In July 1992, at age 27 years, the patient developed a slowly growing, painless, temporal conjunctival mass of the left eye. The patient was then referred to our clinic in September 1992. At that time, she had a slightly pigmented bulbar conjunctival mass in the temporal area (Figure 2) with posterior extension on computed tomography (Figure 3). There were no palpable preauricular or submandibular nodes. Systemic workup ruled out metastasis. A biopsy specimen of the lesion revealed a conjunctival malignant melanoma, and the patient underwent orbital exenteration in October 1992. Histological examination of the biopsy specimen showed proliferation of malignant pleomorphic cells whose morphologic features and immunophenotype were compatible with the diagnosis of malignant amelanotic melanoma (tumor cells were positive for S100 protein and negative for vimentin, desmin, actin, myoglobin, and cytokeratin). The pathological characteristics of the exenteration specimen confirmed the diagnosis of melanoma (Figure 1C and D). The mass was located in the lower conjunctival fornix and extended inferiorly to involve theorbicularis muscle and bulbar conjunctiva as far as the limbus. The surgical margins were free of tumor.

Figure 2.
Slightly pigmented mass adjacent
to the temporal region of the left eye.

Slightly pigmented mass adjacent to the temporal region of the left eye.

Figure 3.
Computed tomographic scan of the
left orbit shows posterior extension of the mass.

Computed tomographic scan of the left orbit shows posterior extension of the mass.

The patient was then fitted with transcutaneous implants and a magnetic retained prosthesis with satisfactory aesthetic results. Regular systemic and ophthalmologic follow-up was uneventful until January 1999, at which time the patient complained of persistent nasal obstruction. Examination revealed a mass in the left nasal fossa and maxillary sinus (Figure 4). Surgical treatment consisted of maxillectomy with immediate reconstruction with latissimus dorsi free-flap, and pathological examination confirmed the presence of malignant melanoma (Figure 5A and B).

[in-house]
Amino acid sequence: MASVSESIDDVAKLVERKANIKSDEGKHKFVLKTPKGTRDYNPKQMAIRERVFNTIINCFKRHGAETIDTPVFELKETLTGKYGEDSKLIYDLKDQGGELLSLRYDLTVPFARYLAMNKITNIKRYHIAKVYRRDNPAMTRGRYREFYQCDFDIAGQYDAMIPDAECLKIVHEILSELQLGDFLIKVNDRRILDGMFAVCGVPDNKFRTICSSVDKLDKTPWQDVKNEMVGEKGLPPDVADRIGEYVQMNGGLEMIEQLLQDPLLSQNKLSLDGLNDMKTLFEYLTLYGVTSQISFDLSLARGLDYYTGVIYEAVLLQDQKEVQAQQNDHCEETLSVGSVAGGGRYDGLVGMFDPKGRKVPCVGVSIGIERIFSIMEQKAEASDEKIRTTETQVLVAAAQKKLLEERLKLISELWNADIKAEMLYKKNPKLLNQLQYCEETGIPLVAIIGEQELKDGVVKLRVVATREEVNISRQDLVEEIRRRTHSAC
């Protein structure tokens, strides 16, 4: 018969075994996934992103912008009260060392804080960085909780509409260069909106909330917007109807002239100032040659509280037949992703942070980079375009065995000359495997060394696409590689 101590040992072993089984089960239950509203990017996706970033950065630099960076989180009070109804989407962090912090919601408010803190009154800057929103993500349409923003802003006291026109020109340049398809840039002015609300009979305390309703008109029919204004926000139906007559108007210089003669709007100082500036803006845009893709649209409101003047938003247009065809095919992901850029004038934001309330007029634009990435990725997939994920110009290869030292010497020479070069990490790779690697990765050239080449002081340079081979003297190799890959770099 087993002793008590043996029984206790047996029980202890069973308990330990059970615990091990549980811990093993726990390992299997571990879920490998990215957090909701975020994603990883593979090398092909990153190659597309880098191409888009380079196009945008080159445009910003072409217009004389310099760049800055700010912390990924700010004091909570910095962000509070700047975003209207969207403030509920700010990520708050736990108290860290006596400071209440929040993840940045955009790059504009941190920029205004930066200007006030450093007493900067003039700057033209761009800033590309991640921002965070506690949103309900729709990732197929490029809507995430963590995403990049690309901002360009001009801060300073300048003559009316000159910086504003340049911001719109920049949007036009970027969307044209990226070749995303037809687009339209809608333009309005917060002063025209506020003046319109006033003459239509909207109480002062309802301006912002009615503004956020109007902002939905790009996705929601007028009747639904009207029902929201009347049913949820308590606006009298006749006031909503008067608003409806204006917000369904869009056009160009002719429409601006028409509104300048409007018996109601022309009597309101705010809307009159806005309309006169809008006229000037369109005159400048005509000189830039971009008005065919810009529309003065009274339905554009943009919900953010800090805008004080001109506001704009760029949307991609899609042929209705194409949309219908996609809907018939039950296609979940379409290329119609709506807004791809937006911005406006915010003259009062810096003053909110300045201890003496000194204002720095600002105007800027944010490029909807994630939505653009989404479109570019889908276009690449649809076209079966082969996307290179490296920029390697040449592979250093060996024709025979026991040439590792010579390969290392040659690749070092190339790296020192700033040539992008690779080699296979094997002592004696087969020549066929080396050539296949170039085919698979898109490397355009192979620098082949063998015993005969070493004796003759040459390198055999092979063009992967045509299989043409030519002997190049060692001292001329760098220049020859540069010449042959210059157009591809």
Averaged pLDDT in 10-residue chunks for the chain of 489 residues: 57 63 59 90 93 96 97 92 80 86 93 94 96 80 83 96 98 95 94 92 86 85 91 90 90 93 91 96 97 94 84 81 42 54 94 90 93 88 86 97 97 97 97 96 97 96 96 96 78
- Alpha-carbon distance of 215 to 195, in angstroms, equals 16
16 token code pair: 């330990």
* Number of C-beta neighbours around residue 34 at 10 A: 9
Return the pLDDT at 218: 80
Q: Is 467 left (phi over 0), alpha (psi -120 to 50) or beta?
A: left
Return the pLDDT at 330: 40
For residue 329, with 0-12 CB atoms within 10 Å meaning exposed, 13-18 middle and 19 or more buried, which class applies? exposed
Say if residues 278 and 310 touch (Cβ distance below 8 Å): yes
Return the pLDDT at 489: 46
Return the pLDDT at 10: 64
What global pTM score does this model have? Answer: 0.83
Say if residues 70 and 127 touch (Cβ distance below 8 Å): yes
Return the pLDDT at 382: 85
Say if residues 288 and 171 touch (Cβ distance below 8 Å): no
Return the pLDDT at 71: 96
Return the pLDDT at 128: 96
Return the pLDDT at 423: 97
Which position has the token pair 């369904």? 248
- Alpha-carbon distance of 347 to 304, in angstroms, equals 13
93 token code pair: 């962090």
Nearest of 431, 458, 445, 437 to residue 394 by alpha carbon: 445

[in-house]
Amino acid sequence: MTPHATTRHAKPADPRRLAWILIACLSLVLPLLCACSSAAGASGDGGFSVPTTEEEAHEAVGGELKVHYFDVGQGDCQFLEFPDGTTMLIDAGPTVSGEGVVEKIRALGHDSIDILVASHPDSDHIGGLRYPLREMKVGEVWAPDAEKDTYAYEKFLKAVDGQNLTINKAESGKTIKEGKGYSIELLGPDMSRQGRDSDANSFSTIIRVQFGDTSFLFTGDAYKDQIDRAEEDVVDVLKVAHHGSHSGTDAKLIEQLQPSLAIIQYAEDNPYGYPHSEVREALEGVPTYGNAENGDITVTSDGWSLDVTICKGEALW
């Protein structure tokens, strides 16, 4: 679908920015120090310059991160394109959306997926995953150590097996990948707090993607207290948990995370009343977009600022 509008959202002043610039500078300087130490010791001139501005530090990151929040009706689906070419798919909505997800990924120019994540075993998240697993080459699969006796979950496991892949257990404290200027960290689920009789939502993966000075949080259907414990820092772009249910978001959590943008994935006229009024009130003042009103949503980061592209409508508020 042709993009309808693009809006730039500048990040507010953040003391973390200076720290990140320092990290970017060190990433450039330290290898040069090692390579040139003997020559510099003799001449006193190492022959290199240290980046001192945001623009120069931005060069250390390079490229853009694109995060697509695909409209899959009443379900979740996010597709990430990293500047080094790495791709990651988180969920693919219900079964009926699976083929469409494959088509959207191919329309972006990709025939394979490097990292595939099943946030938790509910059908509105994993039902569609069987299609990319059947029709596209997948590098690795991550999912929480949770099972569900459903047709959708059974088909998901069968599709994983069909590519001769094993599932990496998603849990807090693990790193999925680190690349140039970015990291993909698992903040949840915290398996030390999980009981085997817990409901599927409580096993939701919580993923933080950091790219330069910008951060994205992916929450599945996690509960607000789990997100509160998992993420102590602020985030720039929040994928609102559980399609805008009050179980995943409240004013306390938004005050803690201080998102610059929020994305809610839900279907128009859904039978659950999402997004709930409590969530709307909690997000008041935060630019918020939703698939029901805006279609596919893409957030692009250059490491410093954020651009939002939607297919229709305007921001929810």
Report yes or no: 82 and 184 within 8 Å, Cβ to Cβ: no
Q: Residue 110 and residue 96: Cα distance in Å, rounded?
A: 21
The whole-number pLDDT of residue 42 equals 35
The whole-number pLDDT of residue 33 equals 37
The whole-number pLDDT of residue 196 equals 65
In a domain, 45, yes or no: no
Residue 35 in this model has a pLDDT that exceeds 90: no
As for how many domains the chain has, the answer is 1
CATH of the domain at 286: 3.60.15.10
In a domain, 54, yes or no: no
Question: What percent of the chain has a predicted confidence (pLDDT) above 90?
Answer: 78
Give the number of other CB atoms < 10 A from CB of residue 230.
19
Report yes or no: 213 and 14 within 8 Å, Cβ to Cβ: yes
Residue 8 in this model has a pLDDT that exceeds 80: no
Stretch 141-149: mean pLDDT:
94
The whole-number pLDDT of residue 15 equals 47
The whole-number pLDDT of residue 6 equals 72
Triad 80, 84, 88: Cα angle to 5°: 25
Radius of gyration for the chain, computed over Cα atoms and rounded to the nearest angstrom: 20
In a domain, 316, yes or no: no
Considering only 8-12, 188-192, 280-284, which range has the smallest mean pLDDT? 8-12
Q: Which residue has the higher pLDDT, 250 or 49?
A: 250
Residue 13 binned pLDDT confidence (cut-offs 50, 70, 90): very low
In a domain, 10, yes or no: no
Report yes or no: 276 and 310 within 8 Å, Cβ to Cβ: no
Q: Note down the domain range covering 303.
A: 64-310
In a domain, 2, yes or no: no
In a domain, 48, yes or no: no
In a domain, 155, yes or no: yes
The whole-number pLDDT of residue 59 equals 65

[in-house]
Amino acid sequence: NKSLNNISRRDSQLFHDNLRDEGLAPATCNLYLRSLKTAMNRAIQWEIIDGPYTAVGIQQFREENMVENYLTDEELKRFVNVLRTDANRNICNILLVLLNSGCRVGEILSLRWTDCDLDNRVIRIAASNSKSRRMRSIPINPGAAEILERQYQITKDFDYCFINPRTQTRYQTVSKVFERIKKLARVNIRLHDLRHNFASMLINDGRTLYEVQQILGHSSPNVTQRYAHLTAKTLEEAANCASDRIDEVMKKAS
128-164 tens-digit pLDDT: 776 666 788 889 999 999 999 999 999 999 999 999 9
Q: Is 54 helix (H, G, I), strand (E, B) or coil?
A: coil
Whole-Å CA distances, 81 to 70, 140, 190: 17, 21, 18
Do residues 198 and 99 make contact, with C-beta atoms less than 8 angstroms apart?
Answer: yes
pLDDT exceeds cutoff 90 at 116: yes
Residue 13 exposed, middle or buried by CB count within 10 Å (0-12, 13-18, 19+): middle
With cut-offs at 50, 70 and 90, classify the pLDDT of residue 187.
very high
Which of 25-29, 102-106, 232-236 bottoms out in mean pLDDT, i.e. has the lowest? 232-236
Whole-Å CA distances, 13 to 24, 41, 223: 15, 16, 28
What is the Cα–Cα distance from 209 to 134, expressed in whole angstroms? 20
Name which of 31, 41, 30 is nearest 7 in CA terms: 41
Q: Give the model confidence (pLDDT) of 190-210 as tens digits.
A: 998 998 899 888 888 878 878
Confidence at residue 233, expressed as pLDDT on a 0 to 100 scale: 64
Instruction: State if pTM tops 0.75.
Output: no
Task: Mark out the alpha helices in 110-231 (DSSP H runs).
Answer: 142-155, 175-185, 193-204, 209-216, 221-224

Figure 4.
Computed tomographic image shows
recurrent malignant melanoma involving the orbital apex, left ethmoidal and
maxillary sinuses, and nasal fossa.

Computed tomographic image shows recurrent malignant melanoma involving the orbital apex, left ethmoidal and maxillary sinuses, and nasal fossa.

Figure 5.
A and B, Maxillary recurrence
of malignant melanoma shows proliferation of large epithelioid cells (hematein-eosin
saffron, original magnification ×10 [A] and ×40 [B]). C, Sinus
relapse of malignant melanoma shows epithelioid-type cells (hematein-eosin
saffron, original magnification ×20). D, Significant expression of a
melanoma-related antigen (HMB 45, ×20).

A and B, Maxillary recurrence of malignant melanoma shows proliferation of large epithelioid cells (hematein-eosin saffron, original magnification ×10 [A] and ×40 [B]). C, Sinus relapse of malignant melanoma shows epithelioid-type cells (hematein-eosin saffron, original magnification ×20). D, Significant expression of a melanoma-related antigen (HMB 45, ×20).